Xu Zhenling, PhD student, Graduate School of Chinese Literature, National Chengchi University
Surrounded by ocean and settled by immigrants, Taiwan is a natural setting for belief in sea deities. Worship of the goddess Mazu came to the island with early Han Chinese immigrants. Originally venerated as a protector of seafarers, the goddess also represented immigrants’ fond memories of their homelands. Over the centuries Mazu gradually came to be regarded as an omnipotent “Holy Mother,” guardian spirit of all Taiwan’s people – thus belief in the goddess spread inland from coastal areas, and temples in her honor are now found everywhere on the island. In 2009 Mazu was placed on UNESCO’s Intangible Cultural Heritage List. A popular subject of artists and writers, the goddess is a cultural and an ethnic icon.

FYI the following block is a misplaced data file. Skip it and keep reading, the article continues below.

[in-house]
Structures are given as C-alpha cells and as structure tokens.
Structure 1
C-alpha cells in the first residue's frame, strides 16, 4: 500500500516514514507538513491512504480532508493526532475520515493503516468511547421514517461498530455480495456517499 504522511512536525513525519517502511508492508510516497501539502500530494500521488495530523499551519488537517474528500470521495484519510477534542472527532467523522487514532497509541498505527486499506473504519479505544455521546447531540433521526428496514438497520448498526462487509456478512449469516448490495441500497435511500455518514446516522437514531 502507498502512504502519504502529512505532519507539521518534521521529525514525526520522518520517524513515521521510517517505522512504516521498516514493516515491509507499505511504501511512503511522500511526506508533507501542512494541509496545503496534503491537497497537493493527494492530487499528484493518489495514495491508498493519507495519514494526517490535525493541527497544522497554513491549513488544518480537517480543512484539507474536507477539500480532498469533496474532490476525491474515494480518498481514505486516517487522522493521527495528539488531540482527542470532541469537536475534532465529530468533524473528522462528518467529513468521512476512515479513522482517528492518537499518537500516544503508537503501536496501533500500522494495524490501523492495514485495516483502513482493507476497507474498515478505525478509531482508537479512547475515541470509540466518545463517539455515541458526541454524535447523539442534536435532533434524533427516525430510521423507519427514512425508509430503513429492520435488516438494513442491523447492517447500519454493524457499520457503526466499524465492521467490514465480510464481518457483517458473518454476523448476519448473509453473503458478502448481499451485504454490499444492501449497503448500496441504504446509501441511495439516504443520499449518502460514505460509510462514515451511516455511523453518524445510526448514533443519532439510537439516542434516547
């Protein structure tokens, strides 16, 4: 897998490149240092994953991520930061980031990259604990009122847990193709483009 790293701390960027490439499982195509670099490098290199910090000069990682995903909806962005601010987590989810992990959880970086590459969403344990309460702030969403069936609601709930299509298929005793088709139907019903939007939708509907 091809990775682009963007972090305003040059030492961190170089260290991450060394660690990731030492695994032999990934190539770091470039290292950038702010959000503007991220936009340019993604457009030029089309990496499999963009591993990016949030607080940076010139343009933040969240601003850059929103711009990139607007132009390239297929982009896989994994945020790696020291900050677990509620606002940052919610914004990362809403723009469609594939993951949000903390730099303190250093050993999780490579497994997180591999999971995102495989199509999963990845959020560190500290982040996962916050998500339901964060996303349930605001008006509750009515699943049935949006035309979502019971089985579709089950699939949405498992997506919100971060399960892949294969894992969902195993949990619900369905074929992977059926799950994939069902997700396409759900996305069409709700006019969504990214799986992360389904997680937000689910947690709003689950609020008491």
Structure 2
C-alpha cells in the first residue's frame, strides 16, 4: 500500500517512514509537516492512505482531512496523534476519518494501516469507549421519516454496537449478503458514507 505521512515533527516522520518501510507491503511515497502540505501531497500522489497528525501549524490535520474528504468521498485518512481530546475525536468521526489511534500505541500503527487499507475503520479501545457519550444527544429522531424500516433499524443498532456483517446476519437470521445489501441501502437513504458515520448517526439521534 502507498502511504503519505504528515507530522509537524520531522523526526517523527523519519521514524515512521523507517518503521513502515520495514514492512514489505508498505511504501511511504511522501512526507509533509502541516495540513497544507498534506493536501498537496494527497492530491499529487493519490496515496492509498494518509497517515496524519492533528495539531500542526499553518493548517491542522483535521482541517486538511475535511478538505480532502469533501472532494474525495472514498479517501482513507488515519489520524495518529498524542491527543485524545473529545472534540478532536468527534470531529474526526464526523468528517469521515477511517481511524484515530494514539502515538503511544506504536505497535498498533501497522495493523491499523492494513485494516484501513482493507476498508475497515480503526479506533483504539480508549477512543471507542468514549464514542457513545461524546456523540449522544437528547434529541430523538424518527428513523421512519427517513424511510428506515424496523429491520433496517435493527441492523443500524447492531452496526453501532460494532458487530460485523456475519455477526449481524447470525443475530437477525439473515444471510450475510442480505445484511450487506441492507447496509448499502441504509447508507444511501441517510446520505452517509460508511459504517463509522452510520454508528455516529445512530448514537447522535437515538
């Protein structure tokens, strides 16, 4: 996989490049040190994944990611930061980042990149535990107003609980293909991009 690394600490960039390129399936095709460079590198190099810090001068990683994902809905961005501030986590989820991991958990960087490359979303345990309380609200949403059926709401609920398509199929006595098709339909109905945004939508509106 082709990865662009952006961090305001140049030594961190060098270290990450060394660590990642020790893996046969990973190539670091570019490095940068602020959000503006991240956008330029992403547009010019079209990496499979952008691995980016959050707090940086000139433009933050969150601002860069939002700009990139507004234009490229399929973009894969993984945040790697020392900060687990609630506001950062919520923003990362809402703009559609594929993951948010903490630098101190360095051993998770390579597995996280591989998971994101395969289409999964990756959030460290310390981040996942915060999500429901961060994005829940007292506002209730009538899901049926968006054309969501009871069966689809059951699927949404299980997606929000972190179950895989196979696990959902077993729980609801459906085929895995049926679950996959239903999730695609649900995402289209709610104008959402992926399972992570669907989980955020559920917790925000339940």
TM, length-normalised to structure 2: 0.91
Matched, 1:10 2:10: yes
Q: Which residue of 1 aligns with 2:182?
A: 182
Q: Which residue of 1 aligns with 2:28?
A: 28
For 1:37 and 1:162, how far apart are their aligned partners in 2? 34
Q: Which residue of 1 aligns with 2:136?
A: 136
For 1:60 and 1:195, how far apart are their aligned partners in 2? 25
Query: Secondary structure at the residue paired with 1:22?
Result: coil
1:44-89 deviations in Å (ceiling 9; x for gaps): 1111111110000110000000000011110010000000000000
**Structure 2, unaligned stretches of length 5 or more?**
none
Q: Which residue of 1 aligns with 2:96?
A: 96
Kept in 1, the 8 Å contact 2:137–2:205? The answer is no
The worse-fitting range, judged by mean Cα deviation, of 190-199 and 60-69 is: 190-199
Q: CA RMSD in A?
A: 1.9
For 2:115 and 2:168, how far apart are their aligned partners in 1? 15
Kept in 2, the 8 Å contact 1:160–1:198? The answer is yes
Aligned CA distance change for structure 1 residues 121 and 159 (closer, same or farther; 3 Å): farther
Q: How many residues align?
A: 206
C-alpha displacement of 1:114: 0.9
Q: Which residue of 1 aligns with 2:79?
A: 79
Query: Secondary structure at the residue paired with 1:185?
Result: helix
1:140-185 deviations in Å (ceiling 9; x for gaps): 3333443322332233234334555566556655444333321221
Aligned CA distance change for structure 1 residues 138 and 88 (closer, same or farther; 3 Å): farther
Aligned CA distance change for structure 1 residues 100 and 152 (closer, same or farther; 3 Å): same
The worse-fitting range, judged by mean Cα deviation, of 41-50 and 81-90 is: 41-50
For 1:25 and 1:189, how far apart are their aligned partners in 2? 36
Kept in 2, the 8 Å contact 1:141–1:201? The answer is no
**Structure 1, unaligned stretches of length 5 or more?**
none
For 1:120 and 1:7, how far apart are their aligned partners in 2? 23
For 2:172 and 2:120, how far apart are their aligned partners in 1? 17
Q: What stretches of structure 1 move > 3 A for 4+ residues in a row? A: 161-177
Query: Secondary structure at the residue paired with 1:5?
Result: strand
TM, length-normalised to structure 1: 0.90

Jade Y. Chen’s semi-autobiographical novel Mazu’s Bodyguards tells the family story of three generations of women – grandmother, mother, and daughter. Like the goddess Mazu, the narrator is surnamed Lin (Mazu’s name was Lin Moniang). Beginning with the tale of Mazu’s bodyguards – “Farsighted Guardian” and “Well-informed Guardian” – statuettes that led to a chance meeting with her future husband, Lin retraces the family history. Ayako, Lin’s Japanese grandmother, comes to Taiwan in search of her husband, who has died in the Wushe Incident. Stranded, she engages in a stormy three-way love affair with two Taiwanese brothers, Lin Zhengnan and Lin Zhinan, thus paving the way for a rift in the family’s second generation: Ayako gives birth to a daughter, Shizuko (Lin Fenfang), fathered by Lin Zhengnan, who doesn’t get along with Xinru, a daughter Ayako conceived out of wedlock with Lin Zhinan. Shizuko marries a waishengren, Er Ma, but the marriage goes bad – Er Ma has an extramarital affair and thereafter hits the skids. Shizuko’s daughter – the narrator, who has married a foreigner she met while traveling abroad – decides to embark on a search for her family roots. Though the novel seems to be about romantic love, in fact it is a melding of different cultures and ethnicities, with Taiwan’s multicultural memory embedded within. When the writer combs through her family genealogy, it reads like a mini-history of the island and its people.